Date of Award


Document Type

Independent Study

Degree Name

Master of Science (MS)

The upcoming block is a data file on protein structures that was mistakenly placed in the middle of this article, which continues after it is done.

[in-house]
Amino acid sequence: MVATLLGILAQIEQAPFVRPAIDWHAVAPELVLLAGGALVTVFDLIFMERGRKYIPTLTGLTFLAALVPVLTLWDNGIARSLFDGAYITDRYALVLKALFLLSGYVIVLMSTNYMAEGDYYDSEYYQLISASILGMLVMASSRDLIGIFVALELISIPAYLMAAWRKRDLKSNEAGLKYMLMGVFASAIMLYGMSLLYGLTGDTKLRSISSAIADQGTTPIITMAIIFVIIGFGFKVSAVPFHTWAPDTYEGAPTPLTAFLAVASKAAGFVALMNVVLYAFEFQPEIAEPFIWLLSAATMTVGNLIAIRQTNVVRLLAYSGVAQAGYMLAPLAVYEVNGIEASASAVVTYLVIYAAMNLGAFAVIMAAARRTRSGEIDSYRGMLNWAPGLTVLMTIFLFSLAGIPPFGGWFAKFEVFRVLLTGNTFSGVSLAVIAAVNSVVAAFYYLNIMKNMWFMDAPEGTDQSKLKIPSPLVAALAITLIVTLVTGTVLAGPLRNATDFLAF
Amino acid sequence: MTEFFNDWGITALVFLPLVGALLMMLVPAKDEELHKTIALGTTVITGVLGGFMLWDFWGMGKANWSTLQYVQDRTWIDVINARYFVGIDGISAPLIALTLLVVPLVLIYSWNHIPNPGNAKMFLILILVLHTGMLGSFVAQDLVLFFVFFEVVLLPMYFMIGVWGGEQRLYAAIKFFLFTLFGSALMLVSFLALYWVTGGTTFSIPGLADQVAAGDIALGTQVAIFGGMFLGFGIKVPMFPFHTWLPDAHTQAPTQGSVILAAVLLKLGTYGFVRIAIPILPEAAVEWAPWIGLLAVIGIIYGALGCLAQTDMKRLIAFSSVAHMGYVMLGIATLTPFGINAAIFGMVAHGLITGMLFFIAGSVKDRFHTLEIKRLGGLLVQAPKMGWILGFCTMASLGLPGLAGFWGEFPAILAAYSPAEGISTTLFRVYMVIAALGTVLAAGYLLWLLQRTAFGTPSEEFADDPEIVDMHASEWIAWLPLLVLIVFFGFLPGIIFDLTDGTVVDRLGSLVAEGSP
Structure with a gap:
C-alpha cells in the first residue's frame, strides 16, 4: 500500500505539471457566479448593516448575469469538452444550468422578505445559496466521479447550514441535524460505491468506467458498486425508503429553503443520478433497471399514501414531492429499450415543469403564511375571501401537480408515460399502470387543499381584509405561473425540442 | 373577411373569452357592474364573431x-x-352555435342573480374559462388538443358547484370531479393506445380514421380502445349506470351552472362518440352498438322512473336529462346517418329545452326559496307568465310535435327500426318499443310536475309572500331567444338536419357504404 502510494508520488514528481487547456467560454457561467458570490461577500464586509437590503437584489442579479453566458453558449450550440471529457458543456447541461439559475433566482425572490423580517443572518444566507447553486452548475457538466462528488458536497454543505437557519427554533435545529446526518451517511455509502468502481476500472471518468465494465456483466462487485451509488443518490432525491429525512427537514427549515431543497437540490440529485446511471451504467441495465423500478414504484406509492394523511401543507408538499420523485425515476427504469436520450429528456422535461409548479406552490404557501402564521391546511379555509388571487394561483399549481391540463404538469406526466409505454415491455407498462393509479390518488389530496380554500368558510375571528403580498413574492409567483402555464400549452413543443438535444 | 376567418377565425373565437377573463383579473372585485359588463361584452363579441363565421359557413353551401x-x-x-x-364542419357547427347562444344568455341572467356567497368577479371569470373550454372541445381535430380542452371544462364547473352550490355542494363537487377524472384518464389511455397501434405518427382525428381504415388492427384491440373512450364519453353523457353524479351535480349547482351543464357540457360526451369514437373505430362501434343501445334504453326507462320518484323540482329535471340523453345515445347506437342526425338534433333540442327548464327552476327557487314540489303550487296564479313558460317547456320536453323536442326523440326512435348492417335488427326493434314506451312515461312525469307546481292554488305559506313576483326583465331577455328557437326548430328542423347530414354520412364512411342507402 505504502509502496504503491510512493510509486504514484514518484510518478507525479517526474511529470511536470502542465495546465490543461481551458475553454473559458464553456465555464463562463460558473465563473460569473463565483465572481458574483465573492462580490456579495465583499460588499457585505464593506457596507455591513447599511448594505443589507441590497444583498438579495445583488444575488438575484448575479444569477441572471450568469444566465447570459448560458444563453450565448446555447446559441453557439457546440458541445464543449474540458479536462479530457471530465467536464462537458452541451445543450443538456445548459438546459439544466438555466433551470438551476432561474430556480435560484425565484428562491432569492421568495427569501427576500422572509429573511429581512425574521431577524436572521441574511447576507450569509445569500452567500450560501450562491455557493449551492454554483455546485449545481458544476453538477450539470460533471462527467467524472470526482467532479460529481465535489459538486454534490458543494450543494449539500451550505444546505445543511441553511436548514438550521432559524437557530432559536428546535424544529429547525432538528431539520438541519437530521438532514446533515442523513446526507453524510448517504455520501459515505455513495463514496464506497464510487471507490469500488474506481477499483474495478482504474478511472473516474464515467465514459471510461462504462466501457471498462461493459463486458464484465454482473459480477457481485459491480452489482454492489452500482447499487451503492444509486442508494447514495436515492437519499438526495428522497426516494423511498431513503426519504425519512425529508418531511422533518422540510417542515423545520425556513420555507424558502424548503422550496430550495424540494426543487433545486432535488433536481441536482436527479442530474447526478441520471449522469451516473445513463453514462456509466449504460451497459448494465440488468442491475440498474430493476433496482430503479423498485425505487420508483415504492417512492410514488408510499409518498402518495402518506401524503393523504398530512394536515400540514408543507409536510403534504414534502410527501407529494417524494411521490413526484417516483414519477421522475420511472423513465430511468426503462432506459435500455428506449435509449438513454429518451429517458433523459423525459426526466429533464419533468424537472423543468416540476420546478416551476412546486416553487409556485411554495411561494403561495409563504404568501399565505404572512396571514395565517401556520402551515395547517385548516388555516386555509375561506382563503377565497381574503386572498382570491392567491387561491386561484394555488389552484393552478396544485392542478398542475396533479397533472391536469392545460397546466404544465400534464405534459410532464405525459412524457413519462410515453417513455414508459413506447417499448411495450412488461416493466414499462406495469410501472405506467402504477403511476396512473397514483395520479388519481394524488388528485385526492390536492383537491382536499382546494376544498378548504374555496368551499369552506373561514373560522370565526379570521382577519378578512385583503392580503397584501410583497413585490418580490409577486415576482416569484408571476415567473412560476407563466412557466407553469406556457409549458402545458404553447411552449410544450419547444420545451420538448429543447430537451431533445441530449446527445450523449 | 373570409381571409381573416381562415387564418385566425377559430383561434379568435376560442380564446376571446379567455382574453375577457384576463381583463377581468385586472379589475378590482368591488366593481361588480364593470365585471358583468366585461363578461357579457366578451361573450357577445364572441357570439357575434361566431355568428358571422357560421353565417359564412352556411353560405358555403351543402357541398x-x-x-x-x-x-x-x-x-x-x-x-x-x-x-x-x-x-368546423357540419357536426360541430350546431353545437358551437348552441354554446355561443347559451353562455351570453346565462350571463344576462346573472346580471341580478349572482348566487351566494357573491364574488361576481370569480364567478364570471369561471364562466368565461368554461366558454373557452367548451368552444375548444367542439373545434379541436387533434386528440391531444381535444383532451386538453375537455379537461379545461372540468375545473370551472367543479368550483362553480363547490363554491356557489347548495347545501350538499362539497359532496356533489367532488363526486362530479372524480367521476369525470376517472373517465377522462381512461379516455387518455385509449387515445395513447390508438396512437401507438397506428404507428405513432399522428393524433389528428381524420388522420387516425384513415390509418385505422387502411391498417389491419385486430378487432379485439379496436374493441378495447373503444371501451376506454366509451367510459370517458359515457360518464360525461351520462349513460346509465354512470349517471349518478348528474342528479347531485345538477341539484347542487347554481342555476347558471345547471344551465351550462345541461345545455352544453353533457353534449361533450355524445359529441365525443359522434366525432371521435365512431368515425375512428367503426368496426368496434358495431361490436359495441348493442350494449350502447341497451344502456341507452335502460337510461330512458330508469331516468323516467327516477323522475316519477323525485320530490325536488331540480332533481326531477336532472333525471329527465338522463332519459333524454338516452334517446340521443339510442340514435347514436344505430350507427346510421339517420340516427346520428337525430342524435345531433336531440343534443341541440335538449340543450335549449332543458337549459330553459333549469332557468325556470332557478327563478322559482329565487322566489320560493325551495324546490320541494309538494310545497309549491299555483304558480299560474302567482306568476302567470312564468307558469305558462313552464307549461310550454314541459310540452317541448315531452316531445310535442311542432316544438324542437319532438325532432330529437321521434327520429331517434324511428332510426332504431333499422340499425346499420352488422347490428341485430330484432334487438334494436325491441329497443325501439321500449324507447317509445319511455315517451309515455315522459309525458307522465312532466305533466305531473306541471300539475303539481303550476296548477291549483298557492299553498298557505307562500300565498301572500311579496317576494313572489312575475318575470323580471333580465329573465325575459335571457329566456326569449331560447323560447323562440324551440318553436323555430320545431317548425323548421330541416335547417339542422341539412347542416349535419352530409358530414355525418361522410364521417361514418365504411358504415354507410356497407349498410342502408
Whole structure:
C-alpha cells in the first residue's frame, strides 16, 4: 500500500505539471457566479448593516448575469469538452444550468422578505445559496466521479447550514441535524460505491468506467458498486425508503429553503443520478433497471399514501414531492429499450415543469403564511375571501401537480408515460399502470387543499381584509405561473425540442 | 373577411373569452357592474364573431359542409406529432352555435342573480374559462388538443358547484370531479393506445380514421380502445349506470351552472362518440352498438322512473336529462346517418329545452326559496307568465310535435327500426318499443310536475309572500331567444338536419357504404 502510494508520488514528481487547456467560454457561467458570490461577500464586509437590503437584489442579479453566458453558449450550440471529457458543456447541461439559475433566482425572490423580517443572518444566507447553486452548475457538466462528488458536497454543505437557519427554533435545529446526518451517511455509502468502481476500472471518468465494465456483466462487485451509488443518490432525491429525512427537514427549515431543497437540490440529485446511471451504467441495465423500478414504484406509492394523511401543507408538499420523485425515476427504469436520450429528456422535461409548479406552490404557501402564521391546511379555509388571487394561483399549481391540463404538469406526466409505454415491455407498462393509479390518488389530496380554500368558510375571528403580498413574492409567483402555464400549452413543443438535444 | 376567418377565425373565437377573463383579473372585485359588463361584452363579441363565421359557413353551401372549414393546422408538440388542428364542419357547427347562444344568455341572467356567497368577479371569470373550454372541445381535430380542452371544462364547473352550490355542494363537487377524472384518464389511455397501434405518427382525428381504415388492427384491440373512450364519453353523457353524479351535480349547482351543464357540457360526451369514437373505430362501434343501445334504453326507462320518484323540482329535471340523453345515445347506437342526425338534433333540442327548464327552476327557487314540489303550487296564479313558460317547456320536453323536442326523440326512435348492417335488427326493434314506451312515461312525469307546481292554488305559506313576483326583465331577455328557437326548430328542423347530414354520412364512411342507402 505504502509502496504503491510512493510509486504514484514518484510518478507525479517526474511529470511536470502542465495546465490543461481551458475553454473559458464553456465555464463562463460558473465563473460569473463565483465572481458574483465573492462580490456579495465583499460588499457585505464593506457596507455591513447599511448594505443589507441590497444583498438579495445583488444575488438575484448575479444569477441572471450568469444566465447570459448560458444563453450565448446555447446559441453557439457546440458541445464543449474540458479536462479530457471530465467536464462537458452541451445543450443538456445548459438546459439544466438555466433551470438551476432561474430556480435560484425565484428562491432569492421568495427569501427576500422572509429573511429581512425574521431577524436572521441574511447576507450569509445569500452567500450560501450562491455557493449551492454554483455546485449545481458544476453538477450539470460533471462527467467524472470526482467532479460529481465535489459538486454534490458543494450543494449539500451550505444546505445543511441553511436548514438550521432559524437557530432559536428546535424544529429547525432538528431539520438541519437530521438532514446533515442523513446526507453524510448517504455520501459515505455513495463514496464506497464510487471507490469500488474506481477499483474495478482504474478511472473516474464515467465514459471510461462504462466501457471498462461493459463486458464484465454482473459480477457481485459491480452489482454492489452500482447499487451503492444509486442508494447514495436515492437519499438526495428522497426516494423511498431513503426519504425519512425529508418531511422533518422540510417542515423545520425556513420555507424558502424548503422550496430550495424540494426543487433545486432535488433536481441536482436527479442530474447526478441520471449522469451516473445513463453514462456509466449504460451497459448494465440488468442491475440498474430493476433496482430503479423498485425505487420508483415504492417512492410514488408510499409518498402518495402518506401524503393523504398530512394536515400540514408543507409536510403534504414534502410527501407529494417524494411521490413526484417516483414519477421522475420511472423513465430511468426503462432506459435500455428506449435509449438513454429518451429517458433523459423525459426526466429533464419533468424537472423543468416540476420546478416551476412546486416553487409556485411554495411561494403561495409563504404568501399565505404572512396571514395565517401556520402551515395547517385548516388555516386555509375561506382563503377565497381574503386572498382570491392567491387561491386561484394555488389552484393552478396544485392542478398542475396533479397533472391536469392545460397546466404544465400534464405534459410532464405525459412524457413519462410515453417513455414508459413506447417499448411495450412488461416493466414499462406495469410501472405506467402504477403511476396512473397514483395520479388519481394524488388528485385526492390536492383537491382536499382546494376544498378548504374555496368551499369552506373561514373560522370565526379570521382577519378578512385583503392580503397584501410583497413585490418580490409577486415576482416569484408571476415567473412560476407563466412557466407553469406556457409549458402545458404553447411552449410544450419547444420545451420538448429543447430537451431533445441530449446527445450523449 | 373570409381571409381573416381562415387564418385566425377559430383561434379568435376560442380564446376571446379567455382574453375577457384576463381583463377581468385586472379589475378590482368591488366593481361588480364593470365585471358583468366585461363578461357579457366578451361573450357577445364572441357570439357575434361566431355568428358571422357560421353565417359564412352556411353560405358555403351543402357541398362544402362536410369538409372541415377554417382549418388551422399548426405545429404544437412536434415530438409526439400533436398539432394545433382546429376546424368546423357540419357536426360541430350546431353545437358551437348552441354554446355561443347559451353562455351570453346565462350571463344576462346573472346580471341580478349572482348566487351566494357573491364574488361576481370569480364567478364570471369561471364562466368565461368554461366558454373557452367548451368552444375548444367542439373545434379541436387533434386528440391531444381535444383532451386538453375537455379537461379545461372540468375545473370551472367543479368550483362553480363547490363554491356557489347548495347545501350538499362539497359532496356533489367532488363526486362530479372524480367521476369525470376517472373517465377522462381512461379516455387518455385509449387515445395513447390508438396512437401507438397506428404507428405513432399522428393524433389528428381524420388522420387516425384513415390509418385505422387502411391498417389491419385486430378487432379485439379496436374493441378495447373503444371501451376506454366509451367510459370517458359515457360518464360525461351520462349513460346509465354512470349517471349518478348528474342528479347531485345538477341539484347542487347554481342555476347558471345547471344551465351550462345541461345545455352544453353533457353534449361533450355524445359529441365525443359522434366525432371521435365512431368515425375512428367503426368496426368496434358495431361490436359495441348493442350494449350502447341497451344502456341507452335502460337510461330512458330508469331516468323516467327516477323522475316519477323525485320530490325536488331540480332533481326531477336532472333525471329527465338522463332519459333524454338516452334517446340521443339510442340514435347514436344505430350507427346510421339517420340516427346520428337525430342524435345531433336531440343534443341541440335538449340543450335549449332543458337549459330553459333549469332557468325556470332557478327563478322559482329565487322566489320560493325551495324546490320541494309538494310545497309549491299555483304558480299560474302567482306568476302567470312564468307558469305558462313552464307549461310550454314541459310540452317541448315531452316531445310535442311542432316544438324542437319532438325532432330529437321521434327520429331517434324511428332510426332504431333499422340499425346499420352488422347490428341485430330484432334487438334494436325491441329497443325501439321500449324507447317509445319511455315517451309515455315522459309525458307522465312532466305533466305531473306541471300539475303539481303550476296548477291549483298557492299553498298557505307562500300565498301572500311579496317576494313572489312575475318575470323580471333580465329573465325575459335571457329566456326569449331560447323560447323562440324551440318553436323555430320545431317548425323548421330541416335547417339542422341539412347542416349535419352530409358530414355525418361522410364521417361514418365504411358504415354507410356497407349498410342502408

Persons with intellectual disabilities (ID) who choose to become parents typically encounter significant ban·iers and challenges that too often have less to do with parental competency, and more to do with context1ml factors, stereotypes and perceptions, lack of access to support services, social policy and unjust treatment by child welfare systems. These inequities have historically contributed to an increased risk of harm for both parents and children, including preventable separation of families. With support, parents with ID can and do parent successfully and nurses can play an important role in promoting this success. This review of the current literature describes challenges to the parenting role for parents with ID, reviews promising practices related to support for parents with ID, and discusses how nurses can promote parenting success among this population